When most people hear the word "insulation," they think of a material designed to keep the cold out. While buffering against the cold is one of the things insulation can do, it's important to remember that attic insulation in a warm climate is essential when it comes to protecting your home.
Here are three tips you can use when investing in new insulation for your attic if you live in a warmer climate.
1. Add more insulation in the right places.
Adding additional insulation can be a great way to reduce your energy costs but only if this insulation is installed in the right places. Think about the way heat enters your home. Since the roof is directly affected by the sun's rays, the heat load on your roof is often greater than the heat load on your walls.
In order to keep your home as cool as possible, adding additional insulation to your attic's roof is necessary. By selecting the right location to add insulation, you make your home more impervious to the heat waves that can plague warmer climates.
2. Make sure air conditioning ducts in your attic are inside the insulated envelope.
If your home has air conditioning ducts running through the attic space, you may be losing quite a bit of cooled air before the air even has a chance to travel throughout your home.
The temperature in the areas of your attic that are not insulated can reach 140 degrees in warm climates. If your air conditioning ducts are not inside the insulation envelope (the barrier separating the interior of your home from the exterior), they will be working harder to try and cool your attic space. Doing something as simple as including the air conditioning ducts inside the insulation envelope during installation can save you a significant amount of money on cooling costs in the future.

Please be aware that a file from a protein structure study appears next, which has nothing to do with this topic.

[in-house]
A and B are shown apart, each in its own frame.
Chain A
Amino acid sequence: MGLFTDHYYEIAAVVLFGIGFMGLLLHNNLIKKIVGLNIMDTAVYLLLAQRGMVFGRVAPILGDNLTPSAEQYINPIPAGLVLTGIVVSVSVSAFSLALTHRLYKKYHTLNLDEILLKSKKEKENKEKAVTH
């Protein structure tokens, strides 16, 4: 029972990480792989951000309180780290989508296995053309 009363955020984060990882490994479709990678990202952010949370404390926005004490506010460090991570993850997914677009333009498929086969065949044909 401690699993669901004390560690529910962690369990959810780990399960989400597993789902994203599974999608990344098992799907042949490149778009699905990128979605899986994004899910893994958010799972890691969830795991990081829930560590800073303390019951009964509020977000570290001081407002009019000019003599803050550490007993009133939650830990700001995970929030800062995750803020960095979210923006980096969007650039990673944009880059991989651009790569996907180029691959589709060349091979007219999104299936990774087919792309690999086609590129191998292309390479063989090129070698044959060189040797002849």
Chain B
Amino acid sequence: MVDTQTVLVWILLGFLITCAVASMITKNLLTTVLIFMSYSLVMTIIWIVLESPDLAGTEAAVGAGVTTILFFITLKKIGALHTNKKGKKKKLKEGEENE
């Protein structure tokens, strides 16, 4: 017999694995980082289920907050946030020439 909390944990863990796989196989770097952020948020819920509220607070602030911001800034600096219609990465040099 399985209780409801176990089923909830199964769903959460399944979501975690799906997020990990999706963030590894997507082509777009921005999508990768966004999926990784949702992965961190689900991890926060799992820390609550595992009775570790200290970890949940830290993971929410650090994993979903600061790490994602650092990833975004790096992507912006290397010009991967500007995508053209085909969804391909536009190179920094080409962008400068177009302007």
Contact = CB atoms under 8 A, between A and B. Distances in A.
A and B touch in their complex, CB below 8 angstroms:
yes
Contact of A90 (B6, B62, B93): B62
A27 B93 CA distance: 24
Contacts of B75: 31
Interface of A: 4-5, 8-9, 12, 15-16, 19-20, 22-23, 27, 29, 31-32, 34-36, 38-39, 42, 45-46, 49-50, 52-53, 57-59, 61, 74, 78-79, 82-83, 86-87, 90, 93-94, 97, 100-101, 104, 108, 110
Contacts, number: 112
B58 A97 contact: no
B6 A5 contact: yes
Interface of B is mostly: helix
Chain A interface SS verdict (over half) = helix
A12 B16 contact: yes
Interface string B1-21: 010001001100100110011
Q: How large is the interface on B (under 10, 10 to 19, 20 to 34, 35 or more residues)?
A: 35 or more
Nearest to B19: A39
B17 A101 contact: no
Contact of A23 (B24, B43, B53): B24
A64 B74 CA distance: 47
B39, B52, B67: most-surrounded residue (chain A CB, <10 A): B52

3. Consider installing continuous insulation in your attic.
Making the choice to install continuous insulation in your attic space can create a tighter insulation envelope, since there are no joints where air can potentially leak in or out. Continuous insulation is also more energy efficient, with twice the R-value per inch when compared to traditional batting insulation.
In addition to these benefits, using continuous insulation could help reduce the thickness of your walls. Since continuous insulation maintains thermal efficiency without the thickness of traditional batt insulation, you can design your insulation to fit the architecture of your home.
If you live in a warm climate, insulating your attic properly is essential. Be sure to insulate the right areas, include your air conditioning ducts in the insulation envelope, and consider continuous insulation to help keep your home as cool as possible.